Adult-use cannabis sales are one step closer to becoming a reality in New Jersey.
After the New Jersey Cannabis Regulatory Commission (CRC) missed its deadline to start accepting business license applications in September, the commission has finally announced applications for growers, producers and testing laboratories will open Dec. 15. Adult-use license applications for retailers will open March 15, 2022, and applications will be accepted on a rolling basis, NJ.com reported.
According to JD Supra, CRC will prioritize reviewing, scoring and approving applications in the following order:
Social Equity Businesses ApplicantsDiversely Owned Businesses ApplicantsImpact Zone Businesses ApplicantsLicense Applicants receiving bonus points for collective bargaining agreements, project labor agreements or residencyAll other applicants
Additionally, “priority will be given to conditional license applications over annual license applications, and microbusiness applications will be prioritized over standard cannabis business applications in every category,” the article states.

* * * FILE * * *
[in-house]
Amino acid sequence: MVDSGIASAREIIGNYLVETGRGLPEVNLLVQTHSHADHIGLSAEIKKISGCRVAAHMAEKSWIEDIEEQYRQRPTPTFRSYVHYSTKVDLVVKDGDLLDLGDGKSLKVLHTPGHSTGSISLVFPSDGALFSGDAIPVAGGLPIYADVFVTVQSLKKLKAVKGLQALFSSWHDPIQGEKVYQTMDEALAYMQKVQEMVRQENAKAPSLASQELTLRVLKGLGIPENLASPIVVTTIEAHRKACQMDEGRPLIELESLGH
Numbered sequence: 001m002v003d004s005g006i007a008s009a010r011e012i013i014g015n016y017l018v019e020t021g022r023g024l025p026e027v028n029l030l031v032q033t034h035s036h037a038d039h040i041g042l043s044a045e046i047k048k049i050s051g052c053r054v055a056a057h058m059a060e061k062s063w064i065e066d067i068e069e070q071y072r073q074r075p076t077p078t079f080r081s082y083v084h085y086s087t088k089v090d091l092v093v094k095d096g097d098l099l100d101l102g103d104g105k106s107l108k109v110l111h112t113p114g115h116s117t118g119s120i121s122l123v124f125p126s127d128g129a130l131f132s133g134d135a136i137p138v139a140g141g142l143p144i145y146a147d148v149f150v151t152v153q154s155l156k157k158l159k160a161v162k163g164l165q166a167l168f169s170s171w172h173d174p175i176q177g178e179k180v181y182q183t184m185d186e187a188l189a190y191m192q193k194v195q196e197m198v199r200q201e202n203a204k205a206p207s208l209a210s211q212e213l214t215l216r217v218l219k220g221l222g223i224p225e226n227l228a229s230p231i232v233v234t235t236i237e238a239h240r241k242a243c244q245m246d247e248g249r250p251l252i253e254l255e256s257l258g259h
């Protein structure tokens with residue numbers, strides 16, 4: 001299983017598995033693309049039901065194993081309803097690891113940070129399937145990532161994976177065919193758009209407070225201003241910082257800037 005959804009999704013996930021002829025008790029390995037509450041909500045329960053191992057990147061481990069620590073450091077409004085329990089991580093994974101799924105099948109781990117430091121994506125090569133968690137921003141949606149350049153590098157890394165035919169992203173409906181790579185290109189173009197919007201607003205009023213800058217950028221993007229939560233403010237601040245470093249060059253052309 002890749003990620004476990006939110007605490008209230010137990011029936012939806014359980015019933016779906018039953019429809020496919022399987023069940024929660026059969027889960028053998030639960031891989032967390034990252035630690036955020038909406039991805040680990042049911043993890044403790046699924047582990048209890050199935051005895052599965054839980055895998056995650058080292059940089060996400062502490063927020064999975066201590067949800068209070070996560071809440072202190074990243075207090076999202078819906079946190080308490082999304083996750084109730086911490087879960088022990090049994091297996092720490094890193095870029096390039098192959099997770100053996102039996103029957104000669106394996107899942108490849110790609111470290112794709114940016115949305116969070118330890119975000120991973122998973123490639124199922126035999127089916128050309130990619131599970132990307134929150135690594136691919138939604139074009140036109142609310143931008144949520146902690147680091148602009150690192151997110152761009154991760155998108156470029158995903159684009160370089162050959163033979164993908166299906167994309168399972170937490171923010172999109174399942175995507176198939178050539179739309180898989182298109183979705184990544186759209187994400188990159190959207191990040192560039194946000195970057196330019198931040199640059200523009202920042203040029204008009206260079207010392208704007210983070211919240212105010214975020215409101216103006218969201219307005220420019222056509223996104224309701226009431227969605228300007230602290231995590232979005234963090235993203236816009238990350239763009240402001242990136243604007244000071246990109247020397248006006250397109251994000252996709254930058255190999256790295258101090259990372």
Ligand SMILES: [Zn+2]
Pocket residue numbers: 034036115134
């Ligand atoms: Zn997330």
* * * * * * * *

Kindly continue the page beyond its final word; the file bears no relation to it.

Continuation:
As Cannabis Business Times previously reported, the CRC is not permitted to approve more than 37 cultivation licenses between February 2021 and February 2023—excluding microbusinesses and expanded alternative treatment centers. However, during that time, the CRC may accept and review additional licenses as long as the issued license number does not exceed 37.
The state’s adult-use cannabis law requires legal sales to begin by mid-February or six months after the CRC adopted its initial rules in August, but, according to NJ.com, it’s unlikely sales will start by then without new businesses.
Medical cannabis businesses and growers in the state will first be permitted to legally sell adult-use cannabis once they can prove they have enough product to meet patient demand and can pay the fees to expand to the adult-use market, according to the news outlet.
CRC issued an additional 14 medical cannabis business licenses Oct. 15—10 cultivation and four vertically integrated—to minority- or women-owned companies, CBT reported. However, the newly licensed businesses must operate as medical-only for one year before being eligible to serve in the adult-use market, according to NJ.com.
Jeff Brown, CRC executive director, said the commission is “trying to move as quickly as [it] possibly can,” as several new medical dispensaries are still awaiting licenses, NJ.com reported.
The commission is set to host a pre-application webinar Nov. 30 for individuals interested in applying for a license.